The effects of alkalinity on production performance and biochemical responses of spiny lobster Panulirus homarus reared in recirculating aquaculture system

Spiny lobsters (Panulirus sp.) were valuable and one of the most popular Indonesian export commodities. Some approaches were made to increase the quantity and quality of cultivated spiny lobsters. Land-based mariculture with Recirculating Aquaculture System (RAS) was applied to increase lobster harvesting and optimize environmental quality by adjusting water alkalinity. This study aimed to determine the optimum level of alkalinity for spiny lobsters Panulirus homarus rearing in RAS. This study investigated the effects of applying four water alkalinity levels (Control, 125, 200, and 275 mg L-1 CaCO3) on the biochemical responses of P. homarus observed in the hemolymph in terms of Total Hemocyte Count (THC), glucose, total protein, calcium, and pH levels.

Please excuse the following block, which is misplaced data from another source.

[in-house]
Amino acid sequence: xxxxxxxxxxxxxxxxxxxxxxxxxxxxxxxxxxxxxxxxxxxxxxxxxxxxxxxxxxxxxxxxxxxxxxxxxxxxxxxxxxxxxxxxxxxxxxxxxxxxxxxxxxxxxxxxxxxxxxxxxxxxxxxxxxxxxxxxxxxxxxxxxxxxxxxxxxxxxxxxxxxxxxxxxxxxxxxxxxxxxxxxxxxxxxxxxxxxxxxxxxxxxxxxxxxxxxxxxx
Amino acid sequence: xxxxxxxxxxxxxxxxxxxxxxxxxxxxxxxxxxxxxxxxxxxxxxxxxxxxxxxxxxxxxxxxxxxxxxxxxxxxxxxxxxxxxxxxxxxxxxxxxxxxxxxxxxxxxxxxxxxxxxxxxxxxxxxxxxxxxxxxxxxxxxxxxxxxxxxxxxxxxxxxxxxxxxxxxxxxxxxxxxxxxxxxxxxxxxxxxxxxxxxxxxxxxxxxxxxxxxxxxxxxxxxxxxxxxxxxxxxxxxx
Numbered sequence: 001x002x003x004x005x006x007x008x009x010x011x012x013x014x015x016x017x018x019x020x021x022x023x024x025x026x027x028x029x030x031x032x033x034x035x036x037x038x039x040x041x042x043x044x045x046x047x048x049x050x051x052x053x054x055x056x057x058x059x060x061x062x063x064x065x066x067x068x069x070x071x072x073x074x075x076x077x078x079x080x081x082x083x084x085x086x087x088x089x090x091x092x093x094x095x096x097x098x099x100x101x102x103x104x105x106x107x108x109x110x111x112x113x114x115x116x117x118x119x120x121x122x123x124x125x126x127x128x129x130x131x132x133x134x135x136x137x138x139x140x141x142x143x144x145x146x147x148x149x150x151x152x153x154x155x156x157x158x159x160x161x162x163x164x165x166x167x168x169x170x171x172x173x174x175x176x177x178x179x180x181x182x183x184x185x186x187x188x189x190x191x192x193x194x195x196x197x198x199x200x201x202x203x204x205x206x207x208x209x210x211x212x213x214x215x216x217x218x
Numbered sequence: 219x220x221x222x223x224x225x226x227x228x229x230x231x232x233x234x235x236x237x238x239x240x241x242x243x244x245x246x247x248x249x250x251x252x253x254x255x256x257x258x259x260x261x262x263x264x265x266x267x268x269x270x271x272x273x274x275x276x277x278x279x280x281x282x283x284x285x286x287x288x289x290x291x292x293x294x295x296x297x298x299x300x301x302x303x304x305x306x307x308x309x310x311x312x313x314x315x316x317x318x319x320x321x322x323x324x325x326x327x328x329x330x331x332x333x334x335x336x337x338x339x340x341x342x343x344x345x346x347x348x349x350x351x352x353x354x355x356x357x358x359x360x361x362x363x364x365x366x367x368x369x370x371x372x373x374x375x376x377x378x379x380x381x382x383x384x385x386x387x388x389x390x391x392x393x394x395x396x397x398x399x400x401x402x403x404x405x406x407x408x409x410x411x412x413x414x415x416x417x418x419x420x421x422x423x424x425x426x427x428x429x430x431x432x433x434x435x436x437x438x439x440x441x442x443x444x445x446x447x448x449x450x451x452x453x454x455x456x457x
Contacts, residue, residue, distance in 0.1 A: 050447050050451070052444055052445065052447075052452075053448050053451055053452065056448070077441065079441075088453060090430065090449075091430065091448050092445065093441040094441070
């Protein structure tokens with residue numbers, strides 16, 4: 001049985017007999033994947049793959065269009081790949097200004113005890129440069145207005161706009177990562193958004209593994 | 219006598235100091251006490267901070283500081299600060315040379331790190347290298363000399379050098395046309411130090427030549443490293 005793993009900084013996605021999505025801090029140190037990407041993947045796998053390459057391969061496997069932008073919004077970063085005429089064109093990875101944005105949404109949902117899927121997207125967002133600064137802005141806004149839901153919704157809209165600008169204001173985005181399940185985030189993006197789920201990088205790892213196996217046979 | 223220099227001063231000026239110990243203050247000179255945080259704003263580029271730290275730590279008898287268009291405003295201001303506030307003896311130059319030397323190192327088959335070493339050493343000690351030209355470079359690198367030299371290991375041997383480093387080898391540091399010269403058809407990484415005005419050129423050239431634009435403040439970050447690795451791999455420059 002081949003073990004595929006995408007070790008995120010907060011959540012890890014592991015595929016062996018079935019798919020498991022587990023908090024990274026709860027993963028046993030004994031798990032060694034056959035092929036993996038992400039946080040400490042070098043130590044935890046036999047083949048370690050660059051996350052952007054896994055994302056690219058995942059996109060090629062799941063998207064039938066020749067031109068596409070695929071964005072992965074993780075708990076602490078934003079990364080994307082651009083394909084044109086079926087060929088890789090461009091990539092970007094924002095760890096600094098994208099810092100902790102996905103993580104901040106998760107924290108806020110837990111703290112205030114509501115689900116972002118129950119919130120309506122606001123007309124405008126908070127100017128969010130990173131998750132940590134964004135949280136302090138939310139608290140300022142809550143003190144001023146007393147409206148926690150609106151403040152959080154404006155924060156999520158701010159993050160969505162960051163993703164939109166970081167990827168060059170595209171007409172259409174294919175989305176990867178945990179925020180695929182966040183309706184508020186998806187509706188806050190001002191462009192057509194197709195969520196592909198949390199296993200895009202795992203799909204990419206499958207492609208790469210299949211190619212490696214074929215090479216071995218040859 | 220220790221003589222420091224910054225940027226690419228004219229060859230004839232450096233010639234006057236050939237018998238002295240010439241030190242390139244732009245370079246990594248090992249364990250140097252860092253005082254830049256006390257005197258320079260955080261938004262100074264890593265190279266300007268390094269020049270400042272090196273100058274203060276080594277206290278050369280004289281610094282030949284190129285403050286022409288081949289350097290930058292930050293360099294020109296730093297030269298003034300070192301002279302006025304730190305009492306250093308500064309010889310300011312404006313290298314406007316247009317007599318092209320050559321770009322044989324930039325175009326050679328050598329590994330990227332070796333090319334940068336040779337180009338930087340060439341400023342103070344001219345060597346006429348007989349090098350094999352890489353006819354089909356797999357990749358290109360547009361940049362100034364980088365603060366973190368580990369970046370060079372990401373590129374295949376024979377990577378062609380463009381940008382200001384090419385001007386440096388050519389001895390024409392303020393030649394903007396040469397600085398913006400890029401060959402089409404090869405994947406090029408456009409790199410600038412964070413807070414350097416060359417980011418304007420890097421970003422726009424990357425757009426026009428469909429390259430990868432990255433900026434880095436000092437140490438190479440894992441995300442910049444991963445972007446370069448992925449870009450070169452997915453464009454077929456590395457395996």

Furthermore, we also studied the alkalinity effects on lobster production performance parameters in terms of body weight gain, body length, Survival Rate (SR), Specific Growth Rate (SGR), and Feed Conversion Ratio (FCR). Lobsters with an initial weight rate of 58.05±1.69 g and an initial total length rate of 115.33±1.52 mm were reared for 60 days in a recirculation system. Results of water quality parameters such as ammonia, nitrite, nitrate, dissolved oxygen, temperature, and salinity during the study were available for lobster rearing. Different alkalinity levels affected the biochemical responses and production performance of lobsters. The best alkalinity level to reared Panulirus sp. in the recirculation system during this study was 200 mg L-1 CaCO3 so that it could achieve the highest survival rate of 86.67% with SGR 0.60±0.01 % day-1.

Continue reading ‘The effects of alkalinity on production performance and biochemical responses of spiny lobster Panulirus homarus reared in recirculating aquaculture system’